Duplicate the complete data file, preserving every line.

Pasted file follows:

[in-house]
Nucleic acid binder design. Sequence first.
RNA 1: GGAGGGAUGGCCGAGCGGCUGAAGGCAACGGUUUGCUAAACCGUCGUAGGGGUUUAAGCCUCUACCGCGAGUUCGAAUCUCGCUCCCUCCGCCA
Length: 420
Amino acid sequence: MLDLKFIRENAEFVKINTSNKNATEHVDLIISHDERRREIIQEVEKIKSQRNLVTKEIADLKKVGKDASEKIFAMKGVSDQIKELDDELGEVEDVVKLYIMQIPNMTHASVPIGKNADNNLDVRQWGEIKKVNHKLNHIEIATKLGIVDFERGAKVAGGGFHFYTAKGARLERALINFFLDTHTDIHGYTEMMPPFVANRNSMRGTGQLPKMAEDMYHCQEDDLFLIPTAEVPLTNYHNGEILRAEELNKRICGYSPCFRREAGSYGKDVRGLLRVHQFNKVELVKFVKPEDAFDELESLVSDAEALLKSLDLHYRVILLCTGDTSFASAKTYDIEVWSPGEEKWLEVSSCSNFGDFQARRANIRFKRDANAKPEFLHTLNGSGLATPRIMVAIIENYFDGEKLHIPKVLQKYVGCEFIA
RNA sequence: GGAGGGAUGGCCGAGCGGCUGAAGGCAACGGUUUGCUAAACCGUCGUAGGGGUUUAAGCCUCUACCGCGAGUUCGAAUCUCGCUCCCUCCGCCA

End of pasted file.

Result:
[in-house]
Nucleic acid binder design. Sequence first.
RNA 1: GGAGGGAUGGCCGAGCGGCUGAAGGCAACGGUUUGCUAAACCGUCGUAGGGGUUUAAGCCUCUACCGCGAGUUCGAAUCUCGCUCCCUCCGCCA
Length: 420
Amino acid sequence: MLDLKFIRENAEFVKINTSNKNATEHVDLIISHDERRREIIQEVEKIKSQRNLVTKEIADLKKVGKDASEKIFAMKGVSDQIKELDDELGEVEDVVKLYIMQIPNMTHASVPIGKNADNNLDVRQWGEIKKVNHKLNHIEIATKLGIVDFERGAKVAGGGFHFYTAKGARLERALINFFLDTHTDIHGYTEMMPPFVANRNSMRGTGQLPKMAEDMYHCQEDDLFLIPTAEVPLTNYHNGEILRAEELNKRICGYSPCFRREAGSYGKDVRGLLRVHQFNKVELVKFVKPEDAFDELESLVSDAEALLKSLDLHYRVILLCTGDTSFASAKTYDIEVWSPGEEKWLEVSSCSNFGDFQARRANIRFKRDANAKPEFLHTLNGSGLATPRIMVAIIENYFDGEKLHIPKVLQKYVGCEFIA
RNA sequence: GGAGGGAUGGCCGAGCGGCUGAAGGCAACGGUUUGCUAAACCGUCGUAGGGGUUUAAGCCUCUACCGCGAGUUCGAAUCUCGCUCCCUCCGCCA